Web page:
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An Account of the Old Kilmainham Mill by Chartered Engineer Philip Brunkard

An Account of the Old Kilmainham Mill by Chartered Engineer Philip Brunkard

Philip Brunkard
Chartered Engineer

My memory recall for works as a trainee engineer for Mssrs Bates Tentering Mill, Rowerstown Lane, Kilmainham, Dublin 8, date circa 1958 – 1959. I was engaged by Mssr Hubbard Brother Limited of Ardee Street, Dublin, as a trainee engineer after my leaving cert. The training included drawing/office/millwright work, steam engineering, and management. Most of the projects were in the Dublin area and included industrial laundries, mills, paper mills, concrete plants and quarries.

I spent some time at Mssr Bates mill working on the steam raising equipment, and the line shafting devices. Mssr Hubbard Brothers was located in a large well-equipped workshop with an overhead gantry. The plant included several old but serviceable lathes, milling machines, drills, gear hobs, blacksmiths shop and drawing office.

The Hubbards (two brothers) were senior people but dedicated to their craft. As time elapsed, I was given more responsibility on large projects. One of our customers was Bates Mill at Kilmainham and it was dependent on the river Camac for energy and water, there was also a boiler house and chimney. This was an old tentering mill where course woven/woollen fabrics (tweed) texture was improved by washing, stretching, and weave repair to improve the fabric finish. This process was carried out in tanks, tubs and machines driven by flat belts from an overhead line shaft running in plummer blocks of brass or lignum vita. All manually lubricated.

The drive was taken up by fast and loose pulleys. There was no apparent electric power and the line shaft was driven by a large undershot water wheel, which was driven by the Camac river off flow via a storage pond at Gratten Crescent, flow being controlled by weirs onto a C.I. (Cast Iron) flume on water inlet onto the water wheel. Thus flume (C.I.) was similar to Braithtwaight tank and was converted to a clean or Varty storage tank essential for the process. The Camac river at this stage was polluted by several paper mills and one industrial laundry.

It was decided to replace the watery wheel with 50 horsepower electric motor. This was a Crompton Parkinson Star Delta Starter but it failed on installation to take up the load. The wheel always started the line shaft off load and on meeting speeds transferred power to the machines by fast and loose pulleys and despite further increase in electric horse power, this was the start up procedure for my time at the mill.

Another development was the improvement of the mechanical handling of the material. The old and dangerous lift was replaced by an electric lift. This lift was a used Otis Passenger Lift acquired from the bank at College Green. It had been accurately marked, documented and delivered to the mill. It was formally a bank passenger/goods lift, old but in pristine condition. Hardwood car with polished brass controls and wicker type gate, it was manually operated, all equipment was oversized and in a perfect working order.

The installation of the lift required serious upgrading of the mill structure in this area and the final installation was inspected and passed by the lift’s agents (Otis Byrne). This is installation was a major feature to the jaded features of the mill building. At this stage, other services came under review namely the present hot water. This was supplied by an annually stoked vertical fire tube steam boiler located in an unhealthy environment. It was operated by an elderly man; the whole operation was inefficient.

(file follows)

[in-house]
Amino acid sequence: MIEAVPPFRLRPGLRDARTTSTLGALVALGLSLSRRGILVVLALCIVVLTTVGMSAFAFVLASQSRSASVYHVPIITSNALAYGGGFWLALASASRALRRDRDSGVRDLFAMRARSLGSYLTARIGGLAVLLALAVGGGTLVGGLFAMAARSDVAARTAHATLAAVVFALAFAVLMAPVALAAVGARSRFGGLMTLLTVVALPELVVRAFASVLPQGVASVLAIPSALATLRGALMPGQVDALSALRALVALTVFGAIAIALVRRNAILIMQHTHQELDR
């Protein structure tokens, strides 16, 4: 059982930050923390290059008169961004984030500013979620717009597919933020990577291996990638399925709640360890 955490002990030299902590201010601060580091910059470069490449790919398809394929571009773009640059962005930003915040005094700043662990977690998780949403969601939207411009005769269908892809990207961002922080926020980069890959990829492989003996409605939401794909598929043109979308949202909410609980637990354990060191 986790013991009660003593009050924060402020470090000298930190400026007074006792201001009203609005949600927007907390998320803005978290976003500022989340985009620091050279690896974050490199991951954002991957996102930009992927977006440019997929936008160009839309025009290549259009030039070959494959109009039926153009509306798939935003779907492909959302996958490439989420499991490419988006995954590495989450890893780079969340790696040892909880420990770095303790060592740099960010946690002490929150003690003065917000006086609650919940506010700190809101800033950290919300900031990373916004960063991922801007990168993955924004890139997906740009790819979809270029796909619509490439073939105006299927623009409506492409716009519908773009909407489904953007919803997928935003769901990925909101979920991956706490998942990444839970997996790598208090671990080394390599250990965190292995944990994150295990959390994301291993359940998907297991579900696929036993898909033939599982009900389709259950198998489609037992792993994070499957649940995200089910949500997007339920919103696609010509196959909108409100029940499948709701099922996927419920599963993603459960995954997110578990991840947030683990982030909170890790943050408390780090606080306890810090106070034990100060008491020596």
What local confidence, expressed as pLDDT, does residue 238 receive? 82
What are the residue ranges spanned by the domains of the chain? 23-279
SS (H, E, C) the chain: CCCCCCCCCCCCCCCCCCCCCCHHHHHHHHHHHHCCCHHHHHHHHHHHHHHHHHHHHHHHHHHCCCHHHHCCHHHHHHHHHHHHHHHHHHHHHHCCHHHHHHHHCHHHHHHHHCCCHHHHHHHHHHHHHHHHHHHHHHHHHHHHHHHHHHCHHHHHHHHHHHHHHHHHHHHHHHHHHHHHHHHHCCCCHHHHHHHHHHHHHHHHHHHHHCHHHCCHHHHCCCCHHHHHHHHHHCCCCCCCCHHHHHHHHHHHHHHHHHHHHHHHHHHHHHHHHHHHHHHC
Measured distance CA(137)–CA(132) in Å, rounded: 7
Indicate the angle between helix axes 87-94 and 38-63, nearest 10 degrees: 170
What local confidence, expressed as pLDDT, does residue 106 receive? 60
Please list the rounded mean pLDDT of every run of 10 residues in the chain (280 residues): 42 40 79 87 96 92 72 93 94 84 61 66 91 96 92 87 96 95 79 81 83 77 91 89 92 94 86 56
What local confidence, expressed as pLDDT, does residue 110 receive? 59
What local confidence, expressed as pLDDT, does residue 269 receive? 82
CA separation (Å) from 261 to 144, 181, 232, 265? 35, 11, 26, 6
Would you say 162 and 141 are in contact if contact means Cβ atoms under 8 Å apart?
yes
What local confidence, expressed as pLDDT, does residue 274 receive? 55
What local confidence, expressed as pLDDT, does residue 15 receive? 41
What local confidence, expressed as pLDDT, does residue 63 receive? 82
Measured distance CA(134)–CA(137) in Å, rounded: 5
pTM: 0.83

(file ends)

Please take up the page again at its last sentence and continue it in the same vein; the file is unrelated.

Mssrs Hubbard Brother investigated the possibility of converting the boiler to an oil fired automatic. This would entail raising the boiler on a fire bricked skirt and installing a new type of oil burner, a rotary cup instead of pressure jets. This would give a ball shaped flame on a circular fire box. Mssrs Hubbard Brothers were agents for this type of burner and had carried out successful installations but cost analysis was not viable. The trend was for package boilers, power master or similar. The package type would be more economic.

My training period was nearing completion, I joined Clondalkin paper mills with part- and full-time release for study at the college of technology. At Clondalkin paper mills, I was on similar projects.

Philip Brunkard
Chartered Engineer

2 Responses

  1. Finin christie says:

    Hello Mr brunkard my name is finin christie I am a blacksmith. I see you worked for Hubbard bros in Ardeer St dublin my inquiry is would you ever had come across or hear of a man by the name of James christie he was a blacksmith for Hubbard brother up till his death in 1969 any information I would be so great full I am his grandson kind regards finín christie blacksmith 0852286865

  2. Fred Hamond says:

    I’m doing some research on Kilmainham Mill on behalf of Dublin CC and have read Mr B’s article with interest. I’ve a couple of questions for him regarding the old boiler and the mill’s electrification. What is the best way of getting in touch with him, or would you be happy to pass on my questions which are as follows –
    (1) The old vertical boiler seems to have been there at in the 1950s – Would I be correct in presuming that it was for generating steam and hot water rather than driving a steam engine?
    (2) He also mentioned the waterwheel in his article. I was wondering if (1) he knew when mains electricity and the first electric motor were installed, (2) when water power stopped being used, and (3) when the waterwheel was removed.

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